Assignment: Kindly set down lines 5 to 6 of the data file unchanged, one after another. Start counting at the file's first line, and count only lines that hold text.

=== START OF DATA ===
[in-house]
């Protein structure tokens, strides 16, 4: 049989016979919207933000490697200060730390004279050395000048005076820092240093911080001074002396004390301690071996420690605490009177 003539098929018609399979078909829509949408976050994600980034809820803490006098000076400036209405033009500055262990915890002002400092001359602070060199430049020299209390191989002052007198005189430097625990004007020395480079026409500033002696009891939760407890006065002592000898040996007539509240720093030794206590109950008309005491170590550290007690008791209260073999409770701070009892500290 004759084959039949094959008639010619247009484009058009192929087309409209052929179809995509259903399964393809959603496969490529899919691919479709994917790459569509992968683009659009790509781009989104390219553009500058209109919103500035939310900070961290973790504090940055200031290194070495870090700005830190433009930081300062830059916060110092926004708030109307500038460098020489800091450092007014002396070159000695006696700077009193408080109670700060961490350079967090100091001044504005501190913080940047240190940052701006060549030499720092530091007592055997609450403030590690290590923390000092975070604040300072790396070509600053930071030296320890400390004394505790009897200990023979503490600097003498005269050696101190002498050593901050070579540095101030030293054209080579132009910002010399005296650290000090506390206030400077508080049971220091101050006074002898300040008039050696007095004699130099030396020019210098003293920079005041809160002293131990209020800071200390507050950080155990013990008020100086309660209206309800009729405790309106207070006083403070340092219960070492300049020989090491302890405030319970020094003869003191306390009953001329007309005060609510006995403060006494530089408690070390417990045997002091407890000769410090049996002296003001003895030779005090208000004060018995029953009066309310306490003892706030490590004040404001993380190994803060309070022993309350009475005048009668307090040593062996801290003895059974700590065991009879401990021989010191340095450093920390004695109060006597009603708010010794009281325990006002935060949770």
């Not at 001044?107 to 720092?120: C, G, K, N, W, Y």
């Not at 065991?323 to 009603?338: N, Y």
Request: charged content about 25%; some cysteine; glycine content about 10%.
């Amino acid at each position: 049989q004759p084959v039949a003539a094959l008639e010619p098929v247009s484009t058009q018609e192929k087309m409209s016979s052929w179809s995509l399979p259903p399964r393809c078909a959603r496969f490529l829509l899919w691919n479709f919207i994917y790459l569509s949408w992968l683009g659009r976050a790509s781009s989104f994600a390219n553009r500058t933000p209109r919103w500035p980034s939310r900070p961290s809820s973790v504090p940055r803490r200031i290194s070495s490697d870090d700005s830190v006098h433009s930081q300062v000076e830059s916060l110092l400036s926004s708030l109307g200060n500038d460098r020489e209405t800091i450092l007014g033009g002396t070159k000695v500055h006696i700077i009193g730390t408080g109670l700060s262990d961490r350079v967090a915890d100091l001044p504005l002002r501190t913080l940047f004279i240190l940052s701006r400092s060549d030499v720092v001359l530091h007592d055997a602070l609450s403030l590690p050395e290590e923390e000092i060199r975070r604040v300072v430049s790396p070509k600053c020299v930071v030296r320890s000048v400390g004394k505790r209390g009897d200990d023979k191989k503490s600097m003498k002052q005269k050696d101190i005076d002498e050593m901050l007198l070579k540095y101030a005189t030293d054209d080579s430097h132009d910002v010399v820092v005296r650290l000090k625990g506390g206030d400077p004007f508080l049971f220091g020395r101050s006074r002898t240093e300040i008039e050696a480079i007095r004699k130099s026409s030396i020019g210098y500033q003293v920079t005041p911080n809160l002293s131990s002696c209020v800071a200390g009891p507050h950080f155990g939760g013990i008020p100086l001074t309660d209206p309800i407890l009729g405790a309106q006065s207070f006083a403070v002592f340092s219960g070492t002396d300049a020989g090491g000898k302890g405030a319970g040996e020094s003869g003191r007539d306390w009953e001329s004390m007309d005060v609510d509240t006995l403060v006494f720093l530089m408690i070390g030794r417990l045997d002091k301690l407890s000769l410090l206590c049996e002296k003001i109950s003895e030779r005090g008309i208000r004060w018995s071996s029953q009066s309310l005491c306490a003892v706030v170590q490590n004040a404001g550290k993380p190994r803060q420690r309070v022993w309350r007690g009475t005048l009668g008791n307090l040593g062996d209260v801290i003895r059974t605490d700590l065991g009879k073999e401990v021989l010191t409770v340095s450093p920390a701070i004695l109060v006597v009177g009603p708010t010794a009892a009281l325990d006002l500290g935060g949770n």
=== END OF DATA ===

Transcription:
Request: charged content about 25%; some cysteine; glycine content about 10%.
């Amino acid at each position: 049989q004759p084959v039949a003539a094959l008639e010619p098929v247009s484009t058009q018609e192929k087309m409209s016979s052929w179809s995509l399979p259903p399964r393809c078909a959603r496969f490529l829509l899919w691919n479709f919207i994917y790459l569509s949408w992968l683009g659009r976050a790509s781009s989104f994600a390219n553009r500058t933000p209109r919103w500035p980034s939310r900070p961290s809820s973790v504090p940055r803490r200031i290194s070495s490697d870090d700005s830190v006098h433009s930081q300062v000076e830059s916060l110092l400036s926004s708030l109307g200060n500038d460098r020489e209405t800091i450092l007014g033009g002396t070159k000695v500055h006696i700077i009193g730390t408080g109670l700060s262990d961490r350079v967090a915890d100091l001044p504005l002002r501190t913080l940047f004279i240190l940052s701006r400092s060549d030499v720092v001359l530091h007592d055997a602070l609450s403030l590690p050395e290590e923390e000092i060199r975070r604040v300072v430049s790396p070509k600053c020299v930071v030296r320890s000048v400390g004394k505790r209390g009897d200990d023979k191989k503490s600097m003498k002052q005269k050696d101190i005076d002498e050593m901050l007198l070579k540095y101030a005189t030293d054209d080579s430097h132009d910002v010399v820092v005296r650290l000090k625990g506390g206030d400077p004007f508080l049971f220091g020395r101050s006074r002898t240093e300040i008039e050696a480079i007095r004699k130099s026409s030396i020019g210098y500033q003293v920079t005041p911080n809160l002293s131990s002696c209020v800071a200390g009891p507050h950080f155990g939760g013990i008020p100086l001074t309660d209206p309800i407890l009729g405790a309106q006065s207070f006083a403070v002592f340092s219960g070492t002396d300049a020989g090491g000898k302890g405030a319970g040996e020094s003869g003191r007539d306390w009953e001329s004390m007309d005060v609510d509240t006995l403060v006494f720093l530089m408690i070390g030794r417990l045997d002091k301690l407890s000769l410090l206590c049996e002296k003001i109950s003895e030779r005090g008309i208000r004060w018995s071996s029953q009066s309310l005491c306490a003892v706030v170590q490590n004040a404001g550290k993380p190994r803060q420690r309070v022993w309350r007690g009475t005048l009668g008791n307090l040593g062996d209260v801290i003895r059974t605490d700590l065991g009879k073999e401990v021989l010191t409770v340095s450093p920390a701070i004695l109060v006597v009177g009603p708010t010794a009892a009281l325990d006002l500290g935060g949770n």